Do We Really Want to Send Troops to Haiti?
The last `temporary' assignment for Americans in Port-au-Prince turned into a 19-year stay
IF you like the United States-United Nations policy in Somalia and Bosnia, you'll love it in Haiti.
At a time when Washington is trying to formulate criteria for participation in multilateral military interventions, the UN Security Council, with US support, has voted unanimously to send a force to Haiti.
French, Canadians, and Algerians will train the Haitian police and provide a presence that, if all goes well, will discourage police mistreatment of the local population. Five hundred US military personnel will train the Haitian Army in roadbuilding, civic action, and other activities designed to steer them away from staging coups dtat, repressing dissent, and generally brutalizing civilians. Or so it is hoped. The council projects that this will take six months.
All of this is directed to implementing an agreement for President Jean-Bertrand Aristide to return to Haiti; he is expected to do so by the end of October.
That will be a little more than two years since he was sent into exile after serving less than a year of the term to which he was elected in 1990. But last month a bunch of thugs disguised as plainclothes policemen would not even let the elected mayor of Port-au-Prince reclaim city hall. And the UN troops will not be authorized to use force.
We've been through all this before. In 1915, President Wilson was worried that Germany might acquire a naval base in Haiti (sound familiar?), and he sent the marines and the Navy to keep watch offshore. The marines landed when a civil conflict degenerated into barbarism. There was a mass murder of 167 political prisoners. The then-president (who probably ordered the executions) took refuge in the French embassy, where a mob found him hiding under a bed and murdered him.
The marines stayed for 19 years. They gave Port-au-Prince Latin America's first dial telephone system, which was still in place, though dysfunctional, in the 1960s. But they did nothing to encourage the development of political institutions.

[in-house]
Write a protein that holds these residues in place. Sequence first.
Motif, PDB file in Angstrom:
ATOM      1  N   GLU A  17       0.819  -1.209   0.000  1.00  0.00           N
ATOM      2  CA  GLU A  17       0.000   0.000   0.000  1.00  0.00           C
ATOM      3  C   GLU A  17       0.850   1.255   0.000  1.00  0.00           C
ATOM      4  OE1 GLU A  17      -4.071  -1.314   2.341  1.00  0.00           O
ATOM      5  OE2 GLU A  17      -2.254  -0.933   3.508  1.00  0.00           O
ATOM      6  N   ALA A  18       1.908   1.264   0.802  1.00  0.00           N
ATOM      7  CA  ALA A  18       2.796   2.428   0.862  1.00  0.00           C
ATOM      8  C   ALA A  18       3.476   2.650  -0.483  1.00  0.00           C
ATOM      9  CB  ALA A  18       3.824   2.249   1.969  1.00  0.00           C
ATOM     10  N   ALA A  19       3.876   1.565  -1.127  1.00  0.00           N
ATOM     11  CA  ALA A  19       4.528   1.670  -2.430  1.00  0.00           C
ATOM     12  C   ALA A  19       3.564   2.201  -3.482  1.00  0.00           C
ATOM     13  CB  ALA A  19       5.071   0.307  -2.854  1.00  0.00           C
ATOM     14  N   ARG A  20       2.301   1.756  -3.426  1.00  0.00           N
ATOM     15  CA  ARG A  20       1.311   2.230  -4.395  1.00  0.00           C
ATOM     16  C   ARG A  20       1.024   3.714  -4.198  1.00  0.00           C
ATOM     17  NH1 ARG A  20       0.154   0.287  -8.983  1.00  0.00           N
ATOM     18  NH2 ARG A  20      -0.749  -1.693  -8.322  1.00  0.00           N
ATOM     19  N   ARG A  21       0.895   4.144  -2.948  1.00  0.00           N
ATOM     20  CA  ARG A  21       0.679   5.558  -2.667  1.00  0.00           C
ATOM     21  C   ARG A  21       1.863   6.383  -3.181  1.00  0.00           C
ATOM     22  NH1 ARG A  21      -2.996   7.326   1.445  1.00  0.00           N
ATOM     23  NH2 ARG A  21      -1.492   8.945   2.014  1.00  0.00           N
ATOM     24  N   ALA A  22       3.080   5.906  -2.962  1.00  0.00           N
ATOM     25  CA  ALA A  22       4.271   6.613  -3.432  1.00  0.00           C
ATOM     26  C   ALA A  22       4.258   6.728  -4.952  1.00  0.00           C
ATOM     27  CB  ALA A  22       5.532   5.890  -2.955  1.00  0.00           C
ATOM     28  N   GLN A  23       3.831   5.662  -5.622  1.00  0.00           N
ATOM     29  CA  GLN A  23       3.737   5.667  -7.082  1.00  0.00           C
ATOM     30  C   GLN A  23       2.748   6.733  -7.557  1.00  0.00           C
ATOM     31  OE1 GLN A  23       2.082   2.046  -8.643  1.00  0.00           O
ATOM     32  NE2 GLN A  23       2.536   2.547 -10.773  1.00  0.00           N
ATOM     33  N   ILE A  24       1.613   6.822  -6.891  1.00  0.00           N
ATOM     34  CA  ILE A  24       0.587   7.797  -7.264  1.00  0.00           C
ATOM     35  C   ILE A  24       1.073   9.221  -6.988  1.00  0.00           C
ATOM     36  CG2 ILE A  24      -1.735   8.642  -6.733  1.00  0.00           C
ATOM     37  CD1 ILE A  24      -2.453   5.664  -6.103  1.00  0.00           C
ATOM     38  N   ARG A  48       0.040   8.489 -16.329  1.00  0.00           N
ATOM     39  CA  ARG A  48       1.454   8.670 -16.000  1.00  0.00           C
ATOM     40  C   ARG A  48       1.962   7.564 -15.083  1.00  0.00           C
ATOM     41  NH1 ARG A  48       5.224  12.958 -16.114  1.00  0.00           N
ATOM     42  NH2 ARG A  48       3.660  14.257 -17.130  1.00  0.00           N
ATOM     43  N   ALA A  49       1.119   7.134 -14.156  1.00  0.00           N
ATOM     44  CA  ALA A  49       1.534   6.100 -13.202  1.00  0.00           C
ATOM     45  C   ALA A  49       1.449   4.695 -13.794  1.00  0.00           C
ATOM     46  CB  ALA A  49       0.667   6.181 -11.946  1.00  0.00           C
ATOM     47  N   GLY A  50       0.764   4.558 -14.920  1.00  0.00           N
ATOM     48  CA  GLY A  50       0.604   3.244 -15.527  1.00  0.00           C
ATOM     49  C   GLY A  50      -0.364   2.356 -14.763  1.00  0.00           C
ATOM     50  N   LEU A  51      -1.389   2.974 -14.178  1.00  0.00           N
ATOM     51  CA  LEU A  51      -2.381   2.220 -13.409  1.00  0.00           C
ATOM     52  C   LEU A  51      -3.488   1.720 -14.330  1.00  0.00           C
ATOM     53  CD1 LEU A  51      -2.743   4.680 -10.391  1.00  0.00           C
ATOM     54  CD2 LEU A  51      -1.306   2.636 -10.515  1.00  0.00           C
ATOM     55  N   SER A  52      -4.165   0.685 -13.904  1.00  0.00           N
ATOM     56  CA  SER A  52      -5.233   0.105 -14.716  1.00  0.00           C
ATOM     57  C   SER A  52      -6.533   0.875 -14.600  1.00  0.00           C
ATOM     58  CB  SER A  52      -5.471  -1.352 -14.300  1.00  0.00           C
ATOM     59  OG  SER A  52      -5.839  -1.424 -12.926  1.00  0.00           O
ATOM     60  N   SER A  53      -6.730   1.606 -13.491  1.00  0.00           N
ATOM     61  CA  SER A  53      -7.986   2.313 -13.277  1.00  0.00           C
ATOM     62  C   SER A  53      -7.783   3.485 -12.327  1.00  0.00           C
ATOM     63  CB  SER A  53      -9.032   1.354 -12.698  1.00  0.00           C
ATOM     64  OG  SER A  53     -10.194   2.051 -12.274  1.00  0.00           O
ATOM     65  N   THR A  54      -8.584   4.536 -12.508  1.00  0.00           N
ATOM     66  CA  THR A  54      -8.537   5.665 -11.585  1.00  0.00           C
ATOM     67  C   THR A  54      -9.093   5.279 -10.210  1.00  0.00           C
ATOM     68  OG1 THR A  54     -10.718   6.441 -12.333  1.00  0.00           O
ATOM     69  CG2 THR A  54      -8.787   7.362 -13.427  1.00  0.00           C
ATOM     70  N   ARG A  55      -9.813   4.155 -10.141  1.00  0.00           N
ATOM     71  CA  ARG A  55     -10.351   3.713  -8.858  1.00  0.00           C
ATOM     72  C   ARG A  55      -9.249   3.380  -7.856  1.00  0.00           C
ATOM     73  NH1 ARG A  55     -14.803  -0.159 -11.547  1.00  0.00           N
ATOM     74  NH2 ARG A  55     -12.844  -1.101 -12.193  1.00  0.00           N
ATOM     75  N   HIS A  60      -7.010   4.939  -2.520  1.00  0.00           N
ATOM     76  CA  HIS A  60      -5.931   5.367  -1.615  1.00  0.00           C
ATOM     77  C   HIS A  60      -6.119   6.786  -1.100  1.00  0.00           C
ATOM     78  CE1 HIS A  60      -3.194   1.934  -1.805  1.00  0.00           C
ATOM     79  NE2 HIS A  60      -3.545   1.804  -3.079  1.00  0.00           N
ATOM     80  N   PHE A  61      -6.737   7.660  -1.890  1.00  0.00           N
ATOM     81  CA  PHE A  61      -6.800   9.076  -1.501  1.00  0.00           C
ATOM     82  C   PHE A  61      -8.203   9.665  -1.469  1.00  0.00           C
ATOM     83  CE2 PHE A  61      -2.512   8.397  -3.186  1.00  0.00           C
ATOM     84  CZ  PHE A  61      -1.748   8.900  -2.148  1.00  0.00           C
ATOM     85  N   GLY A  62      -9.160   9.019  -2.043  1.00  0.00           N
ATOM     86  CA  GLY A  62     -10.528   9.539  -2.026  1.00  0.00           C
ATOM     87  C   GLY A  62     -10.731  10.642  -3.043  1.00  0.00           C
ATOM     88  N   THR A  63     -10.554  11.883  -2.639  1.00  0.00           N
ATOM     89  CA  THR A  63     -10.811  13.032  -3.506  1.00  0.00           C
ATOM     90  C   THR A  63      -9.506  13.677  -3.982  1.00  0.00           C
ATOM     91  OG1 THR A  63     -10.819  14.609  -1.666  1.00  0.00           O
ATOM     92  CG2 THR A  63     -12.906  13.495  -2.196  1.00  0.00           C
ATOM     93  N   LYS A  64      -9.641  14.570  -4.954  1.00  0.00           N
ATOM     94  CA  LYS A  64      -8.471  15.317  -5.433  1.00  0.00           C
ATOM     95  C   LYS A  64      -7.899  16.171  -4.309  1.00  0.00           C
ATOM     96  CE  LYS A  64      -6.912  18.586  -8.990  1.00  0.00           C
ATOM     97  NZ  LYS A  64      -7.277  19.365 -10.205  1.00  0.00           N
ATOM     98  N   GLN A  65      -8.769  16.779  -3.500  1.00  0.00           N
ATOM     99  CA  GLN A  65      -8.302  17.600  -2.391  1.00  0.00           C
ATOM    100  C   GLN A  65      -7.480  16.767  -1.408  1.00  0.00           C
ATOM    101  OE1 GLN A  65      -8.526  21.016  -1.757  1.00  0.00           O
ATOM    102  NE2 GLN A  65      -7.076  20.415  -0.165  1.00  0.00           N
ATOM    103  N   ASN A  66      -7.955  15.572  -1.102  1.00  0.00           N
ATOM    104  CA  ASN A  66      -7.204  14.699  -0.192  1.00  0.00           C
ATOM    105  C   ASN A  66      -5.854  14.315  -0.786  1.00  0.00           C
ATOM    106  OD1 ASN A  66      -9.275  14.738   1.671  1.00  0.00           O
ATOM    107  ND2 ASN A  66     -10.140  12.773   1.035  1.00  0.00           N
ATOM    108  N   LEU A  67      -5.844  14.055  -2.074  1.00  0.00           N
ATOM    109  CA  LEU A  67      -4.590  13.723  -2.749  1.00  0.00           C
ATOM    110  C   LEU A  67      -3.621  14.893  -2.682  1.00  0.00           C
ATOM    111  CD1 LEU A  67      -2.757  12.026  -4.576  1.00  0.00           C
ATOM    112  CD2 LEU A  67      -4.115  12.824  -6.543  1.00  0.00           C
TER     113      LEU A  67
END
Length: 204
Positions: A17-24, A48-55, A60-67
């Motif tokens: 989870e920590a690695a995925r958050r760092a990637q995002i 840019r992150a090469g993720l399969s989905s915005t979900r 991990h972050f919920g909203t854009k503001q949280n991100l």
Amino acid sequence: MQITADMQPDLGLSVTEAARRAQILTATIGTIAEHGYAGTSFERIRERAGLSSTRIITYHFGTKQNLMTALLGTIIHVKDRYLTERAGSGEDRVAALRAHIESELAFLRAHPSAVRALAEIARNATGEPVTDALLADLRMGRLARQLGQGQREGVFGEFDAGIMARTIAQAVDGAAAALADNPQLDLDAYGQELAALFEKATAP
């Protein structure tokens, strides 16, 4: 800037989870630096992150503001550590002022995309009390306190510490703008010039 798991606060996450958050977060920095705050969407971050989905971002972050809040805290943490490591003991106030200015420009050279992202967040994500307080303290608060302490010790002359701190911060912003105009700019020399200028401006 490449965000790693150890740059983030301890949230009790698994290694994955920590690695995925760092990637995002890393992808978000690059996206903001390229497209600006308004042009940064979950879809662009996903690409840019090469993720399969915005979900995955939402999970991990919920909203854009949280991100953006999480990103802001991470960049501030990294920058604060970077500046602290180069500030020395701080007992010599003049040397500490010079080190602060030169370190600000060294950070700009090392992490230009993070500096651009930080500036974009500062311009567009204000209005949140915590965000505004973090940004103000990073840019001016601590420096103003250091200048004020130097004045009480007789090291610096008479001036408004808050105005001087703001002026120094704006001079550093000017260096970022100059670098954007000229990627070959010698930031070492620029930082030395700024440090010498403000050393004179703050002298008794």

The marines did organize the Gardi d'Haiti. This time, under UN auspices, the US is going back to train the guard again.
Civic action for the Latin American military is an idea that came to the Pentagon under Defense Secretary Robert McNamara during the Kennedy administration. It was inspired by the popularity of the Army Corps of Engineers in the US. The hope was to improve the public image of military forces in Latin America generally and at the same time to nudge them into doing something useful instead of predatory. It did not work and was shortly abandoned.
The US persisted in civic action in Vietnam; it did not work there either. There is no reason to think it will work any better in the 1990s than in the '60s.
Haiti does not need an army; it faces no foreign threat. If the UN wants to do something constructive, disarm the troops and send them home. (The original mistake the US made in Somalia was in not disarming the population.)
Haiti does need a police force, and there's the rub. The Haitian police are not, and have not been, there to enforce the law and keep order. They are there to collect graft and to terrorize the population, and they arrogantly dare anybody (including, it can be confidently predicted, the United Nations) to do anything about it.
From New Year's Day 1804, when Haiti became the first country in Latin America to gain independence, until now, Haiti has never had a decent government. The voting that propelled Aristide to the presidency was probably the first free and honest election in the country's history.
That is progress of a sort, but it is not much to show for 190 years.
It will be argued that we cannot turn our backs on Haiti. One reason is humanitarian. But this program has no element of humanitarian relief.
Another reason is that if life is not made more tolerable in Haiti, large numbers of Haitians will seek to come to the US. That raises the larger issue of immigration, which involves all the third world and more. (Already Somalis are driving taxicabs in Washington.) Immigration is a serious issue, but it should be addressed generically and not ad hoc. The Opinion/Essay Page welcomes manuscripts. Authors of articles we accept will be notified by telephone. Authors of articles not accepted will be notified by postcard. Send manuscripts to Opinions/Essays, One Norway Street, Boston, MA 02115, by fax to 617 -450-2317, or by Internet E-mail to OPED@RACHELCSPS.COM.